Bariatric surgery-induced weight loss induces remission of food addiction and improves several eating behaviours that are associated with the condition in extreme obesity, according to the study published in the journal Obesity.

Although, bariatric surgery is believed to be one most effective available weight loss therapy for obesity and impacts on patients desire to eat, it is not known whether it can affect food addiction in patients who meet diagnostic criteria for the condition before surgery.

Therefore, researchers from the Center for Human Nutrition and Atkins Center of Excellence in Obesity Medicine, Washington University School of Medicine, St Louis, MO, assessed whether weight loss induced gastric bypass, gastric banding and sleeve gastrectomy induced remission of food addiction, as well as normalising eating behaviours associated with the condition.

They recruited 44 obese patients (39 women, mean BMI48 ± 8) before and after bariatric surgery (after they lost ∼20% of their body weight). Twenty five patients had gastric bypass, 11 gastric banding and eight sleeve gastrectomy).

Food addiction was identified in 14 of 44 subjects (32%) before surgery, with no significant differences in factors that could affect the condition such as age, race, level of formal education, and income level.

They reported that remission of food addiction in 13 of the 14 subjects (93%) and no new cases were identified after surgery. The prevalence of food addiction in this study population decreased from 32% to 2% (p< 0.00001) and reduced the median number of symptoms in all subjects (p< 0.0001).

Surgery was found to decrease food cravings in both groups, but the decrease was greater in patients addicted to food. Unsurprisingly, the addicted patients craved foods more frequently before, but not after surgery. Interestingly, surgery decreased cravings for all types of foods but cravings for starchy foods were still more frequent in in the food addicted group (p=0.009).

“Our findings demonstrate that weight loss can induce remission of food addiction, even though subjects are still obese,” the authors write. “These data suggest that obesity itself does not cause food addiction, but that food addiction is a contributing, but modifiable, risk factor for obesity. Additional studies are needed to determine the mechanism(s) responsible for food addiction remission, and to determine whether the presence of food addiction influences the weight loss efficacy of bariatric surgery.”

This article was originally published by BariatricNews


Obesity increases risk of 10 common cancers, study finds

More than 12,000 new cases of cancer every year can be attributed to the patient being overweight or obese, the biggest ever study of the links between body mass index and cancer has revealed.

Overweight and obesity was closely linked to 10 common cancers, researchers said. Every five-point increase in BMI – equivalent to an increase in weight of around 17.5kg – was associated with a 62 per cent higher risk of cancer of the uterus, a 31 per cent increased risk of gallbladder cancer and a 25 per cent increased risk of cancer of the kidney.

Having a higher BMI was also linked with a greater overall risk of liver, colon, ovarian and breast cancer, the study by experts at the London School of Hygiene & Tropical Medicine (LSHTM) and the Farr Institute found.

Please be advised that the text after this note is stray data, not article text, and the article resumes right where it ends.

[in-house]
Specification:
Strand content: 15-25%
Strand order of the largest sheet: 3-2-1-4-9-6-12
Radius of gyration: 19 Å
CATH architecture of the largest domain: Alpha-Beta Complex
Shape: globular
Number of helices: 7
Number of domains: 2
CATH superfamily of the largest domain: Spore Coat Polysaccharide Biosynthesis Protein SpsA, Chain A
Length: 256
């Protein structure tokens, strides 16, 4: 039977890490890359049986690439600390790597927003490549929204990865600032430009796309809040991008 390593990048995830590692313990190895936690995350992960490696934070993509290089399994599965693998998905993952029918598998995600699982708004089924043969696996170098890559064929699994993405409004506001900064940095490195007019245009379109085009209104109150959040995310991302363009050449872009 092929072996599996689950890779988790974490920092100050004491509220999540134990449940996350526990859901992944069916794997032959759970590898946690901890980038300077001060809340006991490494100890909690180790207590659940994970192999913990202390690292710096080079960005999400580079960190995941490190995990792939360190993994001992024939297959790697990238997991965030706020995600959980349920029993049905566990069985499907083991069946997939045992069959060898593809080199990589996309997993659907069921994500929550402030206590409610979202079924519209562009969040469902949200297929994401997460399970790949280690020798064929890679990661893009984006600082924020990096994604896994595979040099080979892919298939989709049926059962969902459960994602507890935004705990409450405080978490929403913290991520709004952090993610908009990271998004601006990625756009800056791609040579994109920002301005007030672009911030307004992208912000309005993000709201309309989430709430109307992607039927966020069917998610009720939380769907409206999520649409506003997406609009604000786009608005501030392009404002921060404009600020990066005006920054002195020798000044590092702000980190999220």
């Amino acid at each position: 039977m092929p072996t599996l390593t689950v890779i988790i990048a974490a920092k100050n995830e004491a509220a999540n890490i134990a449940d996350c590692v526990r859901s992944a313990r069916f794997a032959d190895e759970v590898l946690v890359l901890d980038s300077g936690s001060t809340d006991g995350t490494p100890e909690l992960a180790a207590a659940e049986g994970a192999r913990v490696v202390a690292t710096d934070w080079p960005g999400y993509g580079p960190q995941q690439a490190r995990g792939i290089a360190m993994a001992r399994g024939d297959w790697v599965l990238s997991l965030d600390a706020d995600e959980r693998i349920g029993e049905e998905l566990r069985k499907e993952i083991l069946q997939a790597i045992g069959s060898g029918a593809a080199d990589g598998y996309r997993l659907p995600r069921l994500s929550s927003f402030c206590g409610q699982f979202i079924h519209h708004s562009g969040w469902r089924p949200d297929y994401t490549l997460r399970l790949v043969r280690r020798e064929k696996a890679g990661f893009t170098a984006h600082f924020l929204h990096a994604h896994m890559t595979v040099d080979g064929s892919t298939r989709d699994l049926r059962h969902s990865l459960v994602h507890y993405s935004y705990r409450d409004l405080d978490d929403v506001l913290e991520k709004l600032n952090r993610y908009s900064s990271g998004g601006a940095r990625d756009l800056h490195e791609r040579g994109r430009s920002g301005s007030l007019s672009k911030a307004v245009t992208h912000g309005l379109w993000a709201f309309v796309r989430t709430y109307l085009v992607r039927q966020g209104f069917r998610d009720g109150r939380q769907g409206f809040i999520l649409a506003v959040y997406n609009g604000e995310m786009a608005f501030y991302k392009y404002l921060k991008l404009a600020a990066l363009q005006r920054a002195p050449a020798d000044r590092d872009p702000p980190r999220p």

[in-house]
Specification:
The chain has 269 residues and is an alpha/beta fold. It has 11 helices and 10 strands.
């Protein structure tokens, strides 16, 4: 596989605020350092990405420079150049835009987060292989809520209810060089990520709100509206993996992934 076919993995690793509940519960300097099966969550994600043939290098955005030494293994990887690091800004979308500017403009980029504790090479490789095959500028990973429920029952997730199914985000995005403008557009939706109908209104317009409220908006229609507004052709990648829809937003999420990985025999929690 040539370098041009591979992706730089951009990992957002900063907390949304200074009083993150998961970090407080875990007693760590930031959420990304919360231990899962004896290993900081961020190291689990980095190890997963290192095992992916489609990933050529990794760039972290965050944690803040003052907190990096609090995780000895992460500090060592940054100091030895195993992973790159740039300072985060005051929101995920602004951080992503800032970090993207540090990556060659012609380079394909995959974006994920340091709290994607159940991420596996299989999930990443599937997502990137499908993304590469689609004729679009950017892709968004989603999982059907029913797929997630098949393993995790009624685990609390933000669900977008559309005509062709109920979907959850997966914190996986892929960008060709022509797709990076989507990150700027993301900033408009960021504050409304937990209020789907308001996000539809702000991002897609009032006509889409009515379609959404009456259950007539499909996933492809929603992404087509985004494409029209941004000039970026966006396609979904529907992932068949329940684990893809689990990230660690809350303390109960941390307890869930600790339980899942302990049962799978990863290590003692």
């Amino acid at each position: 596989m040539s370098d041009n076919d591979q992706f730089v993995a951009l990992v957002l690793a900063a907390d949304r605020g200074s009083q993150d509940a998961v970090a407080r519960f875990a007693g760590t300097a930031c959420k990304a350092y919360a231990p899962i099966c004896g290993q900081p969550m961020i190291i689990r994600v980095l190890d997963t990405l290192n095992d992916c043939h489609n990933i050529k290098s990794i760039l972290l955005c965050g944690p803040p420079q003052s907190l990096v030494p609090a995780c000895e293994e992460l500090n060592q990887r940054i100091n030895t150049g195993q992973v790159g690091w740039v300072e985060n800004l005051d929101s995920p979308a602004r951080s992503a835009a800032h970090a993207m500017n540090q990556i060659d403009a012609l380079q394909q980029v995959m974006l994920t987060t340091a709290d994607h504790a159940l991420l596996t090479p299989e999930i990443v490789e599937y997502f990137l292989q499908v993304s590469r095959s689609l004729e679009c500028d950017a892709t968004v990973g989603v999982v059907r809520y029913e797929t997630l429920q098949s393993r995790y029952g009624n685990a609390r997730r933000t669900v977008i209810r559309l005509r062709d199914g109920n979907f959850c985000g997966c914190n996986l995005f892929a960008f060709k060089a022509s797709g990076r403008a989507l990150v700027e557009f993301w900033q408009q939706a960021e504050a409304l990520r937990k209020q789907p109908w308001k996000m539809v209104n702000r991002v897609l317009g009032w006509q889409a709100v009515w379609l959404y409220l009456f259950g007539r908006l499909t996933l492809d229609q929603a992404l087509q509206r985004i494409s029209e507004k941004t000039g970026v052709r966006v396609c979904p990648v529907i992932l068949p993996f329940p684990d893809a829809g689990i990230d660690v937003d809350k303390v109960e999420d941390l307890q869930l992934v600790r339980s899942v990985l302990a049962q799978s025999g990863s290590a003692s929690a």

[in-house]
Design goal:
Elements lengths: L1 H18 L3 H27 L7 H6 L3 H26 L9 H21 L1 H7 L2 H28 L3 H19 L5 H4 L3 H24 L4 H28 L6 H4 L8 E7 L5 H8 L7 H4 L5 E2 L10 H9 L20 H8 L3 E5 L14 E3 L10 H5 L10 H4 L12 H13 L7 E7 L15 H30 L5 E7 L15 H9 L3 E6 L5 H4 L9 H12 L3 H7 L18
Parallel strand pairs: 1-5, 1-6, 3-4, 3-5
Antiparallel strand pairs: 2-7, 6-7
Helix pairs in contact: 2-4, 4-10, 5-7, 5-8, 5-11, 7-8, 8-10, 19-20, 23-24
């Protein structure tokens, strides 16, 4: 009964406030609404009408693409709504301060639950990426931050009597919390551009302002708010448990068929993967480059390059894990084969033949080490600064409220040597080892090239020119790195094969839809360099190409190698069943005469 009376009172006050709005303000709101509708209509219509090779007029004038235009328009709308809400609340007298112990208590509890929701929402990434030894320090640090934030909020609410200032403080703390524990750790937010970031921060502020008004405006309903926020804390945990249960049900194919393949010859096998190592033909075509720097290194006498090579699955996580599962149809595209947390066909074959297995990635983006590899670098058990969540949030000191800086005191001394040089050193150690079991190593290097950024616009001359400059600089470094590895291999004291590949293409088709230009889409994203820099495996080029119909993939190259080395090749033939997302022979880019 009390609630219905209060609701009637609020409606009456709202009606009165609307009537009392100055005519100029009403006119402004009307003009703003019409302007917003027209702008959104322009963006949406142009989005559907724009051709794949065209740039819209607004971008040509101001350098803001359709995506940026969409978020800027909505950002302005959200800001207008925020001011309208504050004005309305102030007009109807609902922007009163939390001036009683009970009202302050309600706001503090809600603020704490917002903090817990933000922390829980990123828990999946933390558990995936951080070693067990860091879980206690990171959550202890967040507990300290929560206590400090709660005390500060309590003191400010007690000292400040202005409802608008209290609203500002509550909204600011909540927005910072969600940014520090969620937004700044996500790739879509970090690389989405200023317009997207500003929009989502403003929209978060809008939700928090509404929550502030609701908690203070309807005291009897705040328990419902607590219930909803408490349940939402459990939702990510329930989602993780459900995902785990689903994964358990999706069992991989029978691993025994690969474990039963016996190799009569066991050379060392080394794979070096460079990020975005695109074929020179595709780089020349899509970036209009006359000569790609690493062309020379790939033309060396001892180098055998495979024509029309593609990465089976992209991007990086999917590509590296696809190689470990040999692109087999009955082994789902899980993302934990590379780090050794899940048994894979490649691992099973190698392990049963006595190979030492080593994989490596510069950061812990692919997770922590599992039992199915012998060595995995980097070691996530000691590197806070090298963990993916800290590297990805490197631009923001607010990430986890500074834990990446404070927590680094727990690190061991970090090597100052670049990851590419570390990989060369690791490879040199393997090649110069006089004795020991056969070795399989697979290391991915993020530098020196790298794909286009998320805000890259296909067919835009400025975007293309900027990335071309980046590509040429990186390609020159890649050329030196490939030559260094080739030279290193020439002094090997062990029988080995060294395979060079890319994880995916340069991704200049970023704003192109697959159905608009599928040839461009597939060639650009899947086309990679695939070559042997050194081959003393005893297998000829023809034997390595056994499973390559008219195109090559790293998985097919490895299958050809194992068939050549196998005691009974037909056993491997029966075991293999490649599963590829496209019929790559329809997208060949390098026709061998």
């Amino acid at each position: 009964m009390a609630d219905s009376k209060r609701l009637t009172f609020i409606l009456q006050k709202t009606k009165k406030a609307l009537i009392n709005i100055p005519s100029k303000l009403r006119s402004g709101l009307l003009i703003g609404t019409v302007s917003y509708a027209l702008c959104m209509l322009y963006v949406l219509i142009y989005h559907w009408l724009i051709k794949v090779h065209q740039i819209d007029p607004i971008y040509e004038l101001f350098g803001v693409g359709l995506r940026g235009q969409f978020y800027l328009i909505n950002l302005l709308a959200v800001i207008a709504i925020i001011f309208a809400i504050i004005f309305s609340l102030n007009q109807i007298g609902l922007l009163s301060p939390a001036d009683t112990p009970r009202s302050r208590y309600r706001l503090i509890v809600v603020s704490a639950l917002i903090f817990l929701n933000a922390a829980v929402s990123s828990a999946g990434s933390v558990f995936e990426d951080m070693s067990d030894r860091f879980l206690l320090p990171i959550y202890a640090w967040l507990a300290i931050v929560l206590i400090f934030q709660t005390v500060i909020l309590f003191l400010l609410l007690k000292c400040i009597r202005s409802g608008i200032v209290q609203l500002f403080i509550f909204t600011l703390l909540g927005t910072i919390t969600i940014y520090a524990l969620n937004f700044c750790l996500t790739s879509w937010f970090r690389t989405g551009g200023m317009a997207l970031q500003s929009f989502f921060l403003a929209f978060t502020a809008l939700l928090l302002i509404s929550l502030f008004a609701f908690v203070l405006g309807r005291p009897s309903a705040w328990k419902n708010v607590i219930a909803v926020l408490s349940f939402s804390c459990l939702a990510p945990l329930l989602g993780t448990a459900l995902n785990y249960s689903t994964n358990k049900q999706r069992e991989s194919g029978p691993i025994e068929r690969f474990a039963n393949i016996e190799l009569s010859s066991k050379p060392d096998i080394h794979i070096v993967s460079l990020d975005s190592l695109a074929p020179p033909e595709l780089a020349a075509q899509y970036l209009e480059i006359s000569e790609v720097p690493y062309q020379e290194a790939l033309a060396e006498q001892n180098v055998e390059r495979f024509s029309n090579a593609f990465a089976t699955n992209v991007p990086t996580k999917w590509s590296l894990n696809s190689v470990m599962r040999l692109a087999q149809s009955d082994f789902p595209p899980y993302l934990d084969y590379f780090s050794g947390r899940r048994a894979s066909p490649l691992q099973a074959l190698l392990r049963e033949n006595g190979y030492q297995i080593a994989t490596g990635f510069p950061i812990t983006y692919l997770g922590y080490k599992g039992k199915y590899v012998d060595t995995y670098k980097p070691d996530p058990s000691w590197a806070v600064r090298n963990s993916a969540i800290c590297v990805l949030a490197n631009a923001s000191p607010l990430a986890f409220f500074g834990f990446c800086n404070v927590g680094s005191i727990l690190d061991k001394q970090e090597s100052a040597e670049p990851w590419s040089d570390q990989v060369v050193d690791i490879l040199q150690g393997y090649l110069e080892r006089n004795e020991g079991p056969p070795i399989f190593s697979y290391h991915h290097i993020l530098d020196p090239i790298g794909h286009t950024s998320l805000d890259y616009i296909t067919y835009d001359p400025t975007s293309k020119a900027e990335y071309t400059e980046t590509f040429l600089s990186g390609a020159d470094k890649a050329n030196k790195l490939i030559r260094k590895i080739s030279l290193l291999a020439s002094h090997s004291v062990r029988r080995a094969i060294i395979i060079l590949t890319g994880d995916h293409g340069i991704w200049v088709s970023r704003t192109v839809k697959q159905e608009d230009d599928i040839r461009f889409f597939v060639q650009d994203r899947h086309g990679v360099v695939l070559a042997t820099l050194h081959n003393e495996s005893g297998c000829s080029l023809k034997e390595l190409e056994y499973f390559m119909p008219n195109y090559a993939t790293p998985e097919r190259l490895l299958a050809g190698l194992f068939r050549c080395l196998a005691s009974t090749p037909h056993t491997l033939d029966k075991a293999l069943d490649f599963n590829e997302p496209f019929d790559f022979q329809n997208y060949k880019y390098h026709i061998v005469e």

While it has been known for some time that higher weight increases the chances of contracting certain cancers, risk levels have never been determined in such detail before. The study, which is published in The Lancet medical journal today, analysed the GP records of more than five million patients in the UK.

The researchers estimated that, if current trends in overweight and obesity rates continue, then by the mid 2020s there could be more than 3,500 additional cases of cancer every year.

“The number of people who are overweight or obese is rapidly increasing both in the UK and worldwide,” said study leader Dr Krishnan Bhaskaran, of LSHTM. “It is well recognised that this is likely to cause more diabetes and cardiovascular disease. Our results show that if these trends continue, we can also expect to see substantially more cancers as a result.”

Excess weight may account for as many as 41 per cent of uterine cancer cases, and 10 per cent of cancers of the gallbladder, kidney, liver and colon.

The study also found some evidence that, for prostate cancer and for breast cancer in young women, a higher BMI actually reduced the risk.

Precisely how fat could impact upon cancer risk is not fully understood. Dr Bhaskaran said that the variation in its impact across different forms of cancer said it must be affecting risk “through a number of different processes, depending on the cancer type”.

Tom Stansfeld, health information officer at Cancer Research UK, said: “This study of over five million people has found new and stronger links between obesity and several different cancer types, highlighting the number of cancers that obesity causes in the UK.

“Although the relationship between cancer and obesity is complex, it’s clear that carrying excess weight increases your risk of developing cancer. Keeping a healthy weight reduces cancer risk, and the best way to do this is through eating a healthy, balanced diet and exercising regularly.”


This information was originally published by The Independent UK which includes an informational video on the site.


Will You Be Obese? Look at Your Sisters, Brothers

Study found older sibling’s obesity was strongest predictor for risk

Obesity is known to run in families, but new research suggests this relationship may be the strongest among siblings.

Although older children in a two-child home with an obese parent are more than twice as likely to be obese, having an obese older sibling may raise the risk more than fivefold for a younger child, whether the parents are obese or not, the researchers reported.

“Siblings have a lot of influence,” said lead researcher Matthew Harding, an assistant professor in the Sanford School of Public Policy at Duke University in Durham, N.C.